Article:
The stench of a filthy alley drowns my lungs, and I cringe. The look of smog thick as mud in our sky fills my sight, and I cringe. The shrill of a dead hiss echoes in my ears, and I cringe. The taste of barbeque sauce and turpentine touches my tongue, and I cringe. The feeling of nothing left to lose slithers through my imagination, and I smile.
It could have been any hot summer Saturday—it should be every hot summer Saturday. We met at the newly constructed testament of the human will: Brick and Mortar skate shop. I was greeted by a mass of smiling friends, my extended family—a sweaty, dirty, wounded, raised-by-the-streets pack of wolves—blood brothers. The UTA Trax approached, we boarded, and anarchy ensued. Howling in derelict fashion, our presence most definitely filled every sense of every rider on that fucking train. I’m sure first came the uneasy, overwhelming, about-to-be-molested feeling (which is nothing short of the truth). Next, I’m quite positive would be the odor. Have you ever heard about the milk chicken bomb? In brief: fill a mason jar with milk and chicken, seal the lid tightly and leave it in an enemy’s heating duct. Within the year, it will explode with such demonic foulness he will wish he were dead. That’s how we smell in an airtight concentrated space. The sight of us must have been the only thing pleasing about us: “such handsome young men,” I think they thought. And finally (the saltine taste goes without saying) the last lingering virgin to be defiled was the hiss of perversion, or more specifically the ears. We are the reincarnates of salty old sea dogs that only use four letter words. “I don’t know your name so I’ll just call you girl,” Sean Hadley said to a passing female commuter, and she cringed.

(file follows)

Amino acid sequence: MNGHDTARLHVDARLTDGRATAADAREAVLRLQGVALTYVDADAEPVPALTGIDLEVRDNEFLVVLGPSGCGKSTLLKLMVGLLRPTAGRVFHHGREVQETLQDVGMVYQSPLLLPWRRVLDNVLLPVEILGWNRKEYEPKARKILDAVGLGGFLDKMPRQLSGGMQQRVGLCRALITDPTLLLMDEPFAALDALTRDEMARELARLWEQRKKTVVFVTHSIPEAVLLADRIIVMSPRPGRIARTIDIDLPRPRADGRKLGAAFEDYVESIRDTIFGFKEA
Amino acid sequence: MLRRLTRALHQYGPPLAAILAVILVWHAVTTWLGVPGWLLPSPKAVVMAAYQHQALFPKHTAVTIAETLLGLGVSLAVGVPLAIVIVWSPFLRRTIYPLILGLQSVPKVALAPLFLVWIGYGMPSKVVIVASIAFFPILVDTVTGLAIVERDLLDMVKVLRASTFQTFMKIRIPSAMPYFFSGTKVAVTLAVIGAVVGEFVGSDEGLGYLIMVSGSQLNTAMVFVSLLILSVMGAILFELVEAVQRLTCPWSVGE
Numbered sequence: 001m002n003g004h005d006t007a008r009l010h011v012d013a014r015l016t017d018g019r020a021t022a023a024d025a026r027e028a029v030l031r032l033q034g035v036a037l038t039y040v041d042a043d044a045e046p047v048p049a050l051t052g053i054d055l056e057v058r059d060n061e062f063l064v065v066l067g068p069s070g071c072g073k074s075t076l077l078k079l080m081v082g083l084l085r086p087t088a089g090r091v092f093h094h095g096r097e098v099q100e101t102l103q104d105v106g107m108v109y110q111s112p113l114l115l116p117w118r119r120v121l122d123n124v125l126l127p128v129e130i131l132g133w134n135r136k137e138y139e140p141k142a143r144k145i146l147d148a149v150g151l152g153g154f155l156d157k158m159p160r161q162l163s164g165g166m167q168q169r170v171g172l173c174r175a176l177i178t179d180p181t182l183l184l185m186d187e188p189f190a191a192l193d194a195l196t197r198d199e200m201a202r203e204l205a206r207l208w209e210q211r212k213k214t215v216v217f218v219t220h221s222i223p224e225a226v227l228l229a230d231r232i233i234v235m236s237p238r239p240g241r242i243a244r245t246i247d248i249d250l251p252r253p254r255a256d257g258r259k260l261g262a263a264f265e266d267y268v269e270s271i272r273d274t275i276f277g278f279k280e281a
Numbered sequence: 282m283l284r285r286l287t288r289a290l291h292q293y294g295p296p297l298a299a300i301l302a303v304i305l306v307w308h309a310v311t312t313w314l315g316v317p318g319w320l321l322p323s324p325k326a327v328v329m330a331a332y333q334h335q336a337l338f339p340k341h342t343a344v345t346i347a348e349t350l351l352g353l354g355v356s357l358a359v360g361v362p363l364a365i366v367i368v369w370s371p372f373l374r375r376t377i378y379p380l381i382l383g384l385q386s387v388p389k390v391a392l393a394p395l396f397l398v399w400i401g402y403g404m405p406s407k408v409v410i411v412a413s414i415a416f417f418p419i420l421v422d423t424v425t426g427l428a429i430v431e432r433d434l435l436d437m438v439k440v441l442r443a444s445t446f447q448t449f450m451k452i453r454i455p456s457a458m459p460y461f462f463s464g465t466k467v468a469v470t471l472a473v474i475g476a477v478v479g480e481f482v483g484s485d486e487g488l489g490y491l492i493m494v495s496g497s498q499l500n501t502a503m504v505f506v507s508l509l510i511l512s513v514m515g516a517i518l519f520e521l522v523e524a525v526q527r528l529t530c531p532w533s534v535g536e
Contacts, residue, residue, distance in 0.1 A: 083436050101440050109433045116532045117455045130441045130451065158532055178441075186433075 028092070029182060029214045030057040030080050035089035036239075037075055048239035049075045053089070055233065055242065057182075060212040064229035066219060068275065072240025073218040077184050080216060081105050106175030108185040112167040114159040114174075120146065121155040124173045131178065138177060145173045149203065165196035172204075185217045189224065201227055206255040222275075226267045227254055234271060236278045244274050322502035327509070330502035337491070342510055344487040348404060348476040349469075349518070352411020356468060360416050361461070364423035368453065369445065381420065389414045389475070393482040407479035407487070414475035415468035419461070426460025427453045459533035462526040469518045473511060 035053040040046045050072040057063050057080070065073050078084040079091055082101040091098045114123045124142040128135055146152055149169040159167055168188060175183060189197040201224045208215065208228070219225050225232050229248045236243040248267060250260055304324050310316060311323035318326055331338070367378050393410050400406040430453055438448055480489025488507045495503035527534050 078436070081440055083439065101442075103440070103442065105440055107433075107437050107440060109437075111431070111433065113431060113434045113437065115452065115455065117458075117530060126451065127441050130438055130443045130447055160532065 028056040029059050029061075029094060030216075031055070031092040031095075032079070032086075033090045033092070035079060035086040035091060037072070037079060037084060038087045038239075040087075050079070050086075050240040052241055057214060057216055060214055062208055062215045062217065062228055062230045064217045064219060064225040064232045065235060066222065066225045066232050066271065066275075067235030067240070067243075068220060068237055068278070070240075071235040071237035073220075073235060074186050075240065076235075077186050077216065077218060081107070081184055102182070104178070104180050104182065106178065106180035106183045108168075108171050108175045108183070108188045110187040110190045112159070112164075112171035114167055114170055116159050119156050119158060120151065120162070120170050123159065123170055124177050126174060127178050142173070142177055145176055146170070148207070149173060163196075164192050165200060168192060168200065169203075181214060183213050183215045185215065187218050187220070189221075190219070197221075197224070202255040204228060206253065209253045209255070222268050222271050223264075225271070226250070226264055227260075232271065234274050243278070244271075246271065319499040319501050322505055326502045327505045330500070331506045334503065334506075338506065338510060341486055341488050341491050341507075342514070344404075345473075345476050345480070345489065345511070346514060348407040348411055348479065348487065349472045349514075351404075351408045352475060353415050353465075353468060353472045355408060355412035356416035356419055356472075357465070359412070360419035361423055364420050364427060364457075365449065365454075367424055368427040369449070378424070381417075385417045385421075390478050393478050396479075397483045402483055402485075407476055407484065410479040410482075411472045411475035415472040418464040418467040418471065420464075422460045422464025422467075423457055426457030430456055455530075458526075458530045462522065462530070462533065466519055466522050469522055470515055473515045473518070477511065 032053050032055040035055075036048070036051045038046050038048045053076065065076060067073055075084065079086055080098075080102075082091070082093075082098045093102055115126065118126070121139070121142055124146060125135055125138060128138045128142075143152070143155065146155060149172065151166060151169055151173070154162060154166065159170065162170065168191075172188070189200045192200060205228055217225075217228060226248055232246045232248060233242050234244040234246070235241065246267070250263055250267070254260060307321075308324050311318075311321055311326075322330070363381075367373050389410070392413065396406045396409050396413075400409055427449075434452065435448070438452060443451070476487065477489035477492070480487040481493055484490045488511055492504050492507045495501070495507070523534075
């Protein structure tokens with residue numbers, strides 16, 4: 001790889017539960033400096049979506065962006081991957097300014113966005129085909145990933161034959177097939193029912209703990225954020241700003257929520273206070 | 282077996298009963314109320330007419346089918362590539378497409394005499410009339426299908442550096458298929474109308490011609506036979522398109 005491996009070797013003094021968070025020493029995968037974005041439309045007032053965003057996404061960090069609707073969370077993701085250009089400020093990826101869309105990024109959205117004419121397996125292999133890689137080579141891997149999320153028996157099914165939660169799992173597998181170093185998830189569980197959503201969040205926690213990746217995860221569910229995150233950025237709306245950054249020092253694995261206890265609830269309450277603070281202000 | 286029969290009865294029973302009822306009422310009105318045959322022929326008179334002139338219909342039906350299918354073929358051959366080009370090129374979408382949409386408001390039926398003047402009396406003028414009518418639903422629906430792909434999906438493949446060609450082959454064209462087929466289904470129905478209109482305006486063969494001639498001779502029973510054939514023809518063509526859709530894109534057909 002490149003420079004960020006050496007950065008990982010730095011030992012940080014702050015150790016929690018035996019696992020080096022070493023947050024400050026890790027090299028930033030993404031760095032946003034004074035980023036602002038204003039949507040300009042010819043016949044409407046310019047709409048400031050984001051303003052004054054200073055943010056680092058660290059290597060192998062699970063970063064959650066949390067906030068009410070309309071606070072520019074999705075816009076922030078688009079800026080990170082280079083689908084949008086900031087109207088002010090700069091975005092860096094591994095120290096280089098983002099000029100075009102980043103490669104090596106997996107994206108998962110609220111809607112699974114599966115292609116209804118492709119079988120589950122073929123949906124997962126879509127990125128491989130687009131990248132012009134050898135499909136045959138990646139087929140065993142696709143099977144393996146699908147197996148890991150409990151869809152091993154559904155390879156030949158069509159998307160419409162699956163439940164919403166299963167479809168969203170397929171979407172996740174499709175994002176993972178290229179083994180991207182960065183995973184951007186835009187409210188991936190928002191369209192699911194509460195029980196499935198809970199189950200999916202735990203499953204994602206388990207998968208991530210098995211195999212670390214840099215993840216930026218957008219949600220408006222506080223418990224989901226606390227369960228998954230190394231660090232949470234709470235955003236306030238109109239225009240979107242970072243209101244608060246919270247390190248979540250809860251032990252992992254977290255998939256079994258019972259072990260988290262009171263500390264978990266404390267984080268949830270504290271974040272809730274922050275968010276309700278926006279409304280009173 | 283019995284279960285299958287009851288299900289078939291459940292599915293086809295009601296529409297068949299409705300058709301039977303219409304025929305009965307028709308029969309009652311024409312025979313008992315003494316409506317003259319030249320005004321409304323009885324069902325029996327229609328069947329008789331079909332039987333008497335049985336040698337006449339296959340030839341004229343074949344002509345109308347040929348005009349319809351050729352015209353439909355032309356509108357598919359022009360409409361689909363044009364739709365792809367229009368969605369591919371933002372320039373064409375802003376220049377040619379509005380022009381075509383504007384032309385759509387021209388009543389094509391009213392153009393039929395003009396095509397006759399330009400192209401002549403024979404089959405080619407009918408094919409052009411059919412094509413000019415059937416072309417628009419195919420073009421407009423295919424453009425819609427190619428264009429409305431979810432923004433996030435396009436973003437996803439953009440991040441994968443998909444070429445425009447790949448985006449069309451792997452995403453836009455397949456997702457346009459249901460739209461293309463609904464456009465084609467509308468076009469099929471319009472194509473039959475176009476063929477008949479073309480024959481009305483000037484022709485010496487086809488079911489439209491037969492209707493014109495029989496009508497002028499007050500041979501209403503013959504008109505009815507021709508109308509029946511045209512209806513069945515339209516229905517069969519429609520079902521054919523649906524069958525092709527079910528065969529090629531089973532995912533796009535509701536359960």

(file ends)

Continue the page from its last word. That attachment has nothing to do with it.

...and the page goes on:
Our first stop was Gallivan Center, and we quickly exited train portals. The tiled Main Street footpaths sounded like a war drum as over 150 pairs of hard urethane careened over their surfaces. The first spot was these abstract bent metal sculptures right out in front of the Police station. To be honest, I never thought this place could be skated in so many ways. It was fun to watch boards banging the vibrating art. Like a magician, I won’t explain the tricks, they’d lose their magic. I will say this: it was a rabbit out of a hat, something from nothing. Everything was new experimentation, from thought to material expression on another man’s idea of art. It was short lived and we left sooner than I would have liked. Another trait of the true magician, leave them wanting more. Again, a thunderous symphony rang in my ears as the unruly mob rioted on. Stopping traffic, knocking down chairs, vandalizing planter boxes, tagging taggables, and in a whirlwind of senses we found ourselves skating a five-stair on State Street. Seabiscuit hippy-jumped the handrail, Holland Redd hard flipped, and Stuart Callis kicked it. “Clickity clackity” went the boards on the brick top, “smack!” went the hands high-fiving, “bling” went the chrome rails in my retinas. It was an all-out orgy of the senses. Again we moved on, and as we rolled I wondered: “How would it be if we ruled the world?” and I don’t mean we, the stinky skateboarders, I mean the “collective we.” Anarchy—everyone in control of their own life—instead of one big corrupt gang running the show, everyone a part of and doing what they love. Groups of small gangs in a sense meshing as a microcosm in the macrocosm creating perfect harmony on a planetary scale. Understandably this is an idealistic belief in humankind as a creature capable of transcending silly lusts like power, money and violence. But that was just me wondering while rolling with my gigantic familia. I guess I was just feeling the brotherly love, no homo.